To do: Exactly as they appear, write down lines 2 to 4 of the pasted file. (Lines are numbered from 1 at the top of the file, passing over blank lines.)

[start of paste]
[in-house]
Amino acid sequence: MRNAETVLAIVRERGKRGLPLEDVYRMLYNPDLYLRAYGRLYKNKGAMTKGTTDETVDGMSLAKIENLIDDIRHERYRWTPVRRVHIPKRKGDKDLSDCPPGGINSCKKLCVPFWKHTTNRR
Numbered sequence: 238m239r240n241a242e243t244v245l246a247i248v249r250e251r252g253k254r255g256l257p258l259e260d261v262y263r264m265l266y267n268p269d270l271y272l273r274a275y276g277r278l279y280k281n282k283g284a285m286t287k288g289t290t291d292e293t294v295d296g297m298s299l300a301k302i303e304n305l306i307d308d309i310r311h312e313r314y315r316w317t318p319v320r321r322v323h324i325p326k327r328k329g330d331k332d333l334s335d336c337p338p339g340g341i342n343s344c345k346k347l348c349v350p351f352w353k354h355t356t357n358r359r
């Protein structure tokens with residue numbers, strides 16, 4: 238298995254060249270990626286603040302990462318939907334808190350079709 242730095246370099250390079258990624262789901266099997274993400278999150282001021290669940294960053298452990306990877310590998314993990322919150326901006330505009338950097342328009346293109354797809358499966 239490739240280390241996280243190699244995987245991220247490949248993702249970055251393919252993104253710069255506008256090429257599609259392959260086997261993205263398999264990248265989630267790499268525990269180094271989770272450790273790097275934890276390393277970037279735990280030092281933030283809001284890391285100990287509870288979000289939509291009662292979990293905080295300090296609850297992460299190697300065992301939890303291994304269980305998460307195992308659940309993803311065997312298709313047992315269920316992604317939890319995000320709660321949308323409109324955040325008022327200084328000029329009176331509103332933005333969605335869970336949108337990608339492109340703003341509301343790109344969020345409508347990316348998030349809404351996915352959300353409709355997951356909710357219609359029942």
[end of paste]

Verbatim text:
Amino acid sequence: MRNAETVLAIVRERGKRGLPLEDVYRMLYNPDLYLRAYGRLYKNKGAMTKGTTDETVDGMSLAKIENLIDDIRHERYRWTPVRRVHIPKRKGDKDLSDCPPGGINSCKKLCVPFWKHTTNRR
Numbered sequence: 238m239r240n241a242e243t244v245l246a247i248v249r250e251r252g253k254r255g256l257p258l259e260d261v262y263r264m265l266y267n268p269d270l271y272l273r274a275y276g277r278l279y280k281n282k283g284a285m286t287k288g289t290t291d292e293t294v295d296g297m298s299l300a301k302i303e304n305l306i307d308d309i310r311h312e313r314y315r316w317t318p319v320r321r322v323h324i325p326k327r328k329g330d331k332d333l334s335d336c337p338p339g340g341i342n343s344c345k346k347l348c349v350p351f352w353k354h355t356t357n358r359r
């Protein structure tokens with residue numbers, strides 16, 4: 238298995254060249270990626286603040302990462318939907334808190350079709 242730095246370099250390079258990624262789901266099997274993400278999150282001021290669940294960053298452990306990877310590998314993990322919150326901006330505009338950097342328009346293109354797809358499966 239490739240280390241996280243190699244995987245991220247490949248993702249970055251393919252993104253710069255506008256090429257599609259392959260086997261993205263398999264990248265989630267790499268525990269180094271989770272450790273790097275934890276390393277970037279735990280030092281933030283809001284890391285100990287509870288979000289939509291009662292979990293905080295300090296609850297992460299190697300065992301939890303291994304269980305998460307195992308659940309993803311065997312298709313047992315269920316992604317939890319995000320709660321949308323409109324955040325008022327200084328000029329009176331509103332933005333969605335869970336949108337990608339492109340703003341509301343790109344969020345409508347990316348998030349809404351996915352959300353409709355997951356909710357219609359029942």